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What an Aging Population Means for the Economy

The labor market is historically strong, but the challenges facing our changing workforce are becoming more apparent.


Key points:

  • Despite the return of full employment, the labor force participation rate is down 3 percentage points from its 2007 peak.
  • That’s almost certainly due to the swelling number of retirees—the population of Americans over the age of 55 has increased by 20 million since 2007.
  • Slowing workforce growth could cause fiscal strains in the near future.
  • The aging population is also intensifying concerns about spiraling healthcare costs.
  • Fears of a stock market sell-off as retirees cash out their portfolios are probably overblown.

Despite unprecedented strength in the job market, demographic shifts are contributing to a grim fiscal outlook. An aging workforce is concerning, but not in ways you might expect.

Full employment, falling participation: If the labor market is tightening, why are relatively fewer Americans working?

  • At 63.2 percent, the US labor market participation rate is almost 3 percentage points below its 2007 peak. This implies 8 million people have left the workforce.
  • This is likely due to the aging workforce: the population of Americans older than 55 has swelled by 20 million since 2007.
  • Lower participation among workers in their fifties does not imply economic weakness; early retirements have always thinned the ranks of older workers.
  • Among prime working-age Americans (ages 25-54), 83 percent are currently working or looking for a job—equal to their pre-Great Recession peak participation rate.

Slow growth stressors: Shifting demographics present a major challenge for the federal budget.

  • Medicare and Social Security expenditures are mandated by law, but tax revenues depend on the size and productivity of the workforce.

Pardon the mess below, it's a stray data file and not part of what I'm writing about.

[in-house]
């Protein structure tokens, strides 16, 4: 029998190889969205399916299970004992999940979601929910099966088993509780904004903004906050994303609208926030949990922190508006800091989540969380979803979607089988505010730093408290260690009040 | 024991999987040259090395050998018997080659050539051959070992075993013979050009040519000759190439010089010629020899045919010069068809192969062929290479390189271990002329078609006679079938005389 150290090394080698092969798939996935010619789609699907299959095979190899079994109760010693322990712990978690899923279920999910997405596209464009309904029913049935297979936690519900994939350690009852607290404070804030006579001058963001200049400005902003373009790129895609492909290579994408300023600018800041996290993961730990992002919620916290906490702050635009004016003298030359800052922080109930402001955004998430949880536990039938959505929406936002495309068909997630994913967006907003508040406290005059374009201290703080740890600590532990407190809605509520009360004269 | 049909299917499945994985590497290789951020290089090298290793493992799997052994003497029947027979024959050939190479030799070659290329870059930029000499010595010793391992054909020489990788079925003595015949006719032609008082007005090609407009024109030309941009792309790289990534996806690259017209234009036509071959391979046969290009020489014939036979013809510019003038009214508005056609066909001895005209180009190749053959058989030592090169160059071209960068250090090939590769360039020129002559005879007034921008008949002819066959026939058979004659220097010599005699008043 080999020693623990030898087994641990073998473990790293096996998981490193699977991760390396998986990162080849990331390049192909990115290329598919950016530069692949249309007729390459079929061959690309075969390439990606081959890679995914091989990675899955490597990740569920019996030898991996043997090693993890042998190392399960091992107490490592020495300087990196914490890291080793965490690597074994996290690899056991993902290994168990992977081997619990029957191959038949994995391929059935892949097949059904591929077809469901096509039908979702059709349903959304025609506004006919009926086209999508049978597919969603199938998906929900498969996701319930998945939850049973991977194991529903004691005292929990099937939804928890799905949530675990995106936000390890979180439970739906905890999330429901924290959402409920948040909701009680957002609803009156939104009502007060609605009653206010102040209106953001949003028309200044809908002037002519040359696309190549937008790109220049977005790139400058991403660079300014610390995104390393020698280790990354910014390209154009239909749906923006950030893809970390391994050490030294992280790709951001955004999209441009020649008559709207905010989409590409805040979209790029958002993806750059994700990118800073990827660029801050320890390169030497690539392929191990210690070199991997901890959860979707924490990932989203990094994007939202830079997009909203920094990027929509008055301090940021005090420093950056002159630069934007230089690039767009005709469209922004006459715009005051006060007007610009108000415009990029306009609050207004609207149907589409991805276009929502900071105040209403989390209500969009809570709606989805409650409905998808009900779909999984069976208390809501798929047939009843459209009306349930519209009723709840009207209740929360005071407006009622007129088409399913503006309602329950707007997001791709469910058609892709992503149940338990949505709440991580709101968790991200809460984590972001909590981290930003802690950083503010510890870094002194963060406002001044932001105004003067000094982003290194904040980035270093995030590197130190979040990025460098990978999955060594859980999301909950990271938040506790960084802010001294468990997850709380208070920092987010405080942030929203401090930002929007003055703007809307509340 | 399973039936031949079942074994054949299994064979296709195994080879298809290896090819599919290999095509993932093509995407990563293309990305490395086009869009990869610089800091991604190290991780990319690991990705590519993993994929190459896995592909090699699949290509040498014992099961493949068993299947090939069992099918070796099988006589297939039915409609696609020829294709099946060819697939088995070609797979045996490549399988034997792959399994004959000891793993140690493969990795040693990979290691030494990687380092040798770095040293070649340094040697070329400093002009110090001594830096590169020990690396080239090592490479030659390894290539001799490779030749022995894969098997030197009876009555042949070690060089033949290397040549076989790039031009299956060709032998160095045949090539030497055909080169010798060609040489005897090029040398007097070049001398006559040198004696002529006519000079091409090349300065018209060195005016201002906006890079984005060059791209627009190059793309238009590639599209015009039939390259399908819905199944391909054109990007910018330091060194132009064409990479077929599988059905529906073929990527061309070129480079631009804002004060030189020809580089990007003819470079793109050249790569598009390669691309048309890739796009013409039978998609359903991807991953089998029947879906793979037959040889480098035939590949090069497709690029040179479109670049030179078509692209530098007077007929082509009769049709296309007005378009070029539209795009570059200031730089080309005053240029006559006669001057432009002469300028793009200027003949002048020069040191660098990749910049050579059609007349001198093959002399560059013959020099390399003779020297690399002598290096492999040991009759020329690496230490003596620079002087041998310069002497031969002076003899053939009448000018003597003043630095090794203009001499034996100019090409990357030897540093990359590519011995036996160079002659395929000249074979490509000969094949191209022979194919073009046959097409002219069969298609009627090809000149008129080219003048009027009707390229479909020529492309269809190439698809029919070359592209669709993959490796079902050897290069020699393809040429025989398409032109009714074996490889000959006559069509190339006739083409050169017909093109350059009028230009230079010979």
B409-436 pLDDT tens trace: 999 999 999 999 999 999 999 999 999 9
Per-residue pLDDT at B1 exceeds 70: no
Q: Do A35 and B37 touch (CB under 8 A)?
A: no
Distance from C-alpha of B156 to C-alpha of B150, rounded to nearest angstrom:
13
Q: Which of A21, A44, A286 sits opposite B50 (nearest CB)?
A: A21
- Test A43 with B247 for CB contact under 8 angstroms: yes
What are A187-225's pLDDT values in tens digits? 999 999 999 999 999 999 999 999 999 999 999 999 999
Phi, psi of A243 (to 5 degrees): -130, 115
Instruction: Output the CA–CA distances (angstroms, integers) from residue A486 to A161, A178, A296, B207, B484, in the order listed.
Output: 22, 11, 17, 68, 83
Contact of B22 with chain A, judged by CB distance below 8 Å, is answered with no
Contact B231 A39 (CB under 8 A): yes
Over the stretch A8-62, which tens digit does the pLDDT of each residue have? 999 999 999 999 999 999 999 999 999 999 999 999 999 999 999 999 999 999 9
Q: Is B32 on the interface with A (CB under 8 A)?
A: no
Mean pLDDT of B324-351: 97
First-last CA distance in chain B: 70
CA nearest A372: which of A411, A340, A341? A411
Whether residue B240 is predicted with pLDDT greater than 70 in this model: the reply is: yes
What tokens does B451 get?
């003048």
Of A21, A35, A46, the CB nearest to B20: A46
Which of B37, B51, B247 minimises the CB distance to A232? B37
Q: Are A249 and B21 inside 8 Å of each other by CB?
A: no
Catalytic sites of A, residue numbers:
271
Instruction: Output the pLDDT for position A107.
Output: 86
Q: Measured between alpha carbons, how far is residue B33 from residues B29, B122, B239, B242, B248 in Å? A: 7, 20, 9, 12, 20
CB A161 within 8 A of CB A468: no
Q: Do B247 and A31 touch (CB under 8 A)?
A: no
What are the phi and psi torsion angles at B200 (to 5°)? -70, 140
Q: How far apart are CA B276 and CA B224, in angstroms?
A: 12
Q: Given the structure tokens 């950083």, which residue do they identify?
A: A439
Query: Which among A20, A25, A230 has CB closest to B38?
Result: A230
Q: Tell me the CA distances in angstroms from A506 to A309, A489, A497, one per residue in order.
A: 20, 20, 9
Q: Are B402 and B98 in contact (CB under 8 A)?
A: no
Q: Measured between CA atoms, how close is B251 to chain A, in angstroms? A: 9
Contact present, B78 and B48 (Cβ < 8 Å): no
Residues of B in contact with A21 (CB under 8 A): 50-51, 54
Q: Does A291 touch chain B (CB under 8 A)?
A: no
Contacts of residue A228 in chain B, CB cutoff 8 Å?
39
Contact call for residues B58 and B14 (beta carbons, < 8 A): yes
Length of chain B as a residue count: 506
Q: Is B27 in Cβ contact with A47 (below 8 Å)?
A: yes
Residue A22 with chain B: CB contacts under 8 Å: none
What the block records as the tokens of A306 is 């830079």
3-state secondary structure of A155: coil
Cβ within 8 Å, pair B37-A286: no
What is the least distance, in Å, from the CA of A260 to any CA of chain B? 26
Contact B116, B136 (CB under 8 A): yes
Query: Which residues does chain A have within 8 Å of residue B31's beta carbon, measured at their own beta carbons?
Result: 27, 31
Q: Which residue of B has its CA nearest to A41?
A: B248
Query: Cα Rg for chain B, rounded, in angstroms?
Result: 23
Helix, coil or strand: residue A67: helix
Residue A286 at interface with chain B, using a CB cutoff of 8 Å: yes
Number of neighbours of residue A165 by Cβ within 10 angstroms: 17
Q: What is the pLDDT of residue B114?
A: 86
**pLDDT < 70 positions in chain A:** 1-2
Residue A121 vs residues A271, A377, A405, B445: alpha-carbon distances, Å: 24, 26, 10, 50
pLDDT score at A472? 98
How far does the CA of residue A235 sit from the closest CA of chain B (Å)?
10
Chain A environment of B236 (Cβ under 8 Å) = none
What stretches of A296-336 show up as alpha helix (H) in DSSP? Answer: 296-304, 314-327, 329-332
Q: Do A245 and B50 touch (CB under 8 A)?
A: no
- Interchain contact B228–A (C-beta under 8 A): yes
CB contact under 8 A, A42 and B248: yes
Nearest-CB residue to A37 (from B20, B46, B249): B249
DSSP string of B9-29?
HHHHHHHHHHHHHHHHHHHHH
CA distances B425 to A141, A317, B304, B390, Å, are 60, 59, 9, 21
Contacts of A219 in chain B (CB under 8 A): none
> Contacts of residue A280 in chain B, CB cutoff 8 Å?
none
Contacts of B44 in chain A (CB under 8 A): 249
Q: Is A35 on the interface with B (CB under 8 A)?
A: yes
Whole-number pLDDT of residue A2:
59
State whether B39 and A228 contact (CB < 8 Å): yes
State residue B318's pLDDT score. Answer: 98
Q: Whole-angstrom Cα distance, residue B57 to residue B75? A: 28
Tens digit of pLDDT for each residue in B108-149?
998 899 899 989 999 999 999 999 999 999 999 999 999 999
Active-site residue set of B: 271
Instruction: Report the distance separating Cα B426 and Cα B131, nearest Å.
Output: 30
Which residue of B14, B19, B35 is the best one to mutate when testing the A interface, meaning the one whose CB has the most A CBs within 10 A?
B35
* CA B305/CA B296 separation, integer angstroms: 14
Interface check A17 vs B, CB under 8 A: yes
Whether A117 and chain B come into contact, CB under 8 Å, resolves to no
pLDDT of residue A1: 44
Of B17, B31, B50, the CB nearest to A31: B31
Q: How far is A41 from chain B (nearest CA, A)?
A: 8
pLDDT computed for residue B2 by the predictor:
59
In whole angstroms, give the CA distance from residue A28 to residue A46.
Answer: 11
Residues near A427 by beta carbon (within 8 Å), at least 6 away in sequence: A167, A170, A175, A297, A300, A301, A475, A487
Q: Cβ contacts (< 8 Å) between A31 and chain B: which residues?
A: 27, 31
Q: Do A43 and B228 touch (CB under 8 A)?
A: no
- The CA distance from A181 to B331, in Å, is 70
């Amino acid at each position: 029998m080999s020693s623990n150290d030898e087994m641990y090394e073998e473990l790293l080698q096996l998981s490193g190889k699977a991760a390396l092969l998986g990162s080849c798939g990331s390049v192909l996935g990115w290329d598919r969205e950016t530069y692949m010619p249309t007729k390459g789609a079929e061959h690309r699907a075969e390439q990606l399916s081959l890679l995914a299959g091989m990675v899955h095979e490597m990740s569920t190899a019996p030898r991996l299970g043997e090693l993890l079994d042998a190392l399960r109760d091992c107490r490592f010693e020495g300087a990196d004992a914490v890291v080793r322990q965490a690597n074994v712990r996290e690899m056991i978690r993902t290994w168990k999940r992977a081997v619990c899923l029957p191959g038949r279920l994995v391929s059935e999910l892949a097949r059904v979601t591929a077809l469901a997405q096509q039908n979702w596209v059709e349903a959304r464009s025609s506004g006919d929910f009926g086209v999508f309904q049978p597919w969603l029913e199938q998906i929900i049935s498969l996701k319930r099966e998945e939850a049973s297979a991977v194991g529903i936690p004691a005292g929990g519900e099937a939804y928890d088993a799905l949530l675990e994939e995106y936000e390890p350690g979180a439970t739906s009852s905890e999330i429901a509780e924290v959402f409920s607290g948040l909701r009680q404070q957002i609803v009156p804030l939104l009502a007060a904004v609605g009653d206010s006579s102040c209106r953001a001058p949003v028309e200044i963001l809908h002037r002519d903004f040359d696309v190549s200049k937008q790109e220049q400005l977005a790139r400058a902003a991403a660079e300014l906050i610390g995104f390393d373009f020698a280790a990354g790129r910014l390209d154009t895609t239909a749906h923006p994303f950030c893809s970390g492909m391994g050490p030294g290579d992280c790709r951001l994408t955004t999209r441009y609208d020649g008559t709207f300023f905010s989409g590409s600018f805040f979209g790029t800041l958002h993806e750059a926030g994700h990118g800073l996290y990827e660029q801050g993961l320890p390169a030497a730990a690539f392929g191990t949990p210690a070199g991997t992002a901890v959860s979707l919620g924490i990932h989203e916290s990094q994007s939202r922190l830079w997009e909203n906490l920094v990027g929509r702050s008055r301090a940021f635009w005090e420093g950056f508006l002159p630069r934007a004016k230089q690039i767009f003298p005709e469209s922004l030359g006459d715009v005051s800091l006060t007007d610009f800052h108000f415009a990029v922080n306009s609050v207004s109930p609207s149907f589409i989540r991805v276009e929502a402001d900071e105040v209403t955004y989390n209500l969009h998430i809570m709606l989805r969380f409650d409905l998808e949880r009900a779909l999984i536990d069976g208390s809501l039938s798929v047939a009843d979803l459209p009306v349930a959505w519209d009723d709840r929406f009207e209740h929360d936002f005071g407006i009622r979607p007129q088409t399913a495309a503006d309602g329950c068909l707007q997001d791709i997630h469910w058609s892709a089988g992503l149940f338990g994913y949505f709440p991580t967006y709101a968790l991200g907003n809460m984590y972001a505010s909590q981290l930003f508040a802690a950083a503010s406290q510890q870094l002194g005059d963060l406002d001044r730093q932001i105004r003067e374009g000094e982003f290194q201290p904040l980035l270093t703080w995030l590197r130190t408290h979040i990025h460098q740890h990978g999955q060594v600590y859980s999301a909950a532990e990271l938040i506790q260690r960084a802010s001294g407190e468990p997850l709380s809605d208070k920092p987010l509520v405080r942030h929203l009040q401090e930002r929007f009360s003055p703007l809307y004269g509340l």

• Workforce growth has declined precipitously over the past decade. Throughout the 1990s and 2000s, 200,000 new workers were joining the labor market monthly; today, that number has fallen to 50,000.
  • If measures are not taken to accelerate GDP growth, the nation’s fiscal outlook will steadily worsen.

Healthcare woes: Healthcare costs fall disproportionately on older Americans. As the population ages, an increasing number of households are concerned about the cost of care.

  • Approximately 75 percent of an individual’s lifetime healthcare costs are incurred past age 45.
  • As this cohort grows, the financial strain of healthcare will become more politically salient.

No issue for equities: Stocks are unlikely to fall as retirees start selling off their portfolios.

  • Retirees are bound to gradually liquidate their stock portfolios over the coming decade.
  • But the market has never been driven by investor-side shifts.
  • Historically, equities prices have been set by earnings expectations and little else.
  • In a globalized market, Baby Boomer retirement is unlikely to change valuations.

Jim Glassman, Head Economist, Commercial Banking

Jim Glassman

Jim Glassman, Head Economist, Commercial Banking

Jim Glassman is the Managing Director and Head Economist for Commercial Banking. From regulations and technology to globalization and consumer habits, Jim's insights are used by companies and industries to help them better understand the changing economy and its impact on their businesses.

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